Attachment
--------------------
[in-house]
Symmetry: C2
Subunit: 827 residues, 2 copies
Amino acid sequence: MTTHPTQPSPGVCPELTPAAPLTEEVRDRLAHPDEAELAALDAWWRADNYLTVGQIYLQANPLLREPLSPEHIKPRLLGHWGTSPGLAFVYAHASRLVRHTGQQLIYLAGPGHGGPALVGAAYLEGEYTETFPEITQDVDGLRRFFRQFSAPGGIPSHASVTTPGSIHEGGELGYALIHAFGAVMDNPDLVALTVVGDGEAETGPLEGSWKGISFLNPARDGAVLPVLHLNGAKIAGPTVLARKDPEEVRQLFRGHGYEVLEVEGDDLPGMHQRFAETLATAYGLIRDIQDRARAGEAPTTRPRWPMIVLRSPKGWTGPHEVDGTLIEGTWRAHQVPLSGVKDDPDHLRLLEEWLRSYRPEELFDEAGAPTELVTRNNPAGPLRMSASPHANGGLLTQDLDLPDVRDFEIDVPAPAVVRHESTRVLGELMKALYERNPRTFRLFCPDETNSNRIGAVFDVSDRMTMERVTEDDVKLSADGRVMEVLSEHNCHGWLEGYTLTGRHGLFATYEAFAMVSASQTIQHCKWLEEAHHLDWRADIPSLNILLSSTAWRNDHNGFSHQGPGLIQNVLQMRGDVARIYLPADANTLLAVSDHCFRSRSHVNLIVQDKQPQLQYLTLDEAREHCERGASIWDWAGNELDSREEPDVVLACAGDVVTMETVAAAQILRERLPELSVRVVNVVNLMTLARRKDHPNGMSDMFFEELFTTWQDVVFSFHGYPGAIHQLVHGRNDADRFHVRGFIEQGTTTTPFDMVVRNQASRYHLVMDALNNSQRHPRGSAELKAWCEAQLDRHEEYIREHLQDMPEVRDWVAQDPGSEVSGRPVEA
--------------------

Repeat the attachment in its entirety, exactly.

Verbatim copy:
[in-house]
Symmetry: C2
Subunit: 827 residues, 2 copies
Amino acid sequence: MTTHPTQPSPGVCPELTPAAPLTEEVRDRLAHPDEAELAALDAWWRADNYLTVGQIYLQANPLLREPLSPEHIKPRLLGHWGTSPGLAFVYAHASRLVRHTGQQLIYLAGPGHGGPALVGAAYLEGEYTETFPEITQDVDGLRRFFRQFSAPGGIPSHASVTTPGSIHEGGELGYALIHAFGAVMDNPDLVALTVVGDGEAETGPLEGSWKGISFLNPARDGAVLPVLHLNGAKIAGPTVLARKDPEEVRQLFRGHGYEVLEVEGDDLPGMHQRFAETLATAYGLIRDIQDRARAGEAPTTRPRWPMIVLRSPKGWTGPHEVDGTLIEGTWRAHQVPLSGVKDDPDHLRLLEEWLRSYRPEELFDEAGAPTELVTRNNPAGPLRMSASPHANGGLLTQDLDLPDVRDFEIDVPAPAVVRHESTRVLGELMKALYERNPRTFRLFCPDETNSNRIGAVFDVSDRMTMERVTEDDVKLSADGRVMEVLSEHNCHGWLEGYTLTGRHGLFATYEAFAMVSASQTIQHCKWLEEAHHLDWRADIPSLNILLSSTAWRNDHNGFSHQGPGLIQNVLQMRGDVARIYLPADANTLLAVSDHCFRSRSHVNLIVQDKQPQLQYLTLDEAREHCERGASIWDWAGNELDSREEPDVVLACAGDVVTMETVAAAQILRERLPELSVRVVNVVNLMTLARRKDHPNGMSDMFFEELFTTWQDVVFSFHGYPGAIHQLVHGRNDADRFHVRGFIEQGTTTTPFDMVVRNQASRYHLVMDALNNSQRHPRGSAELKAWCEAQLDRHEEYIREHLQDMPEVRDWVAQDPGSEVSGRPVEA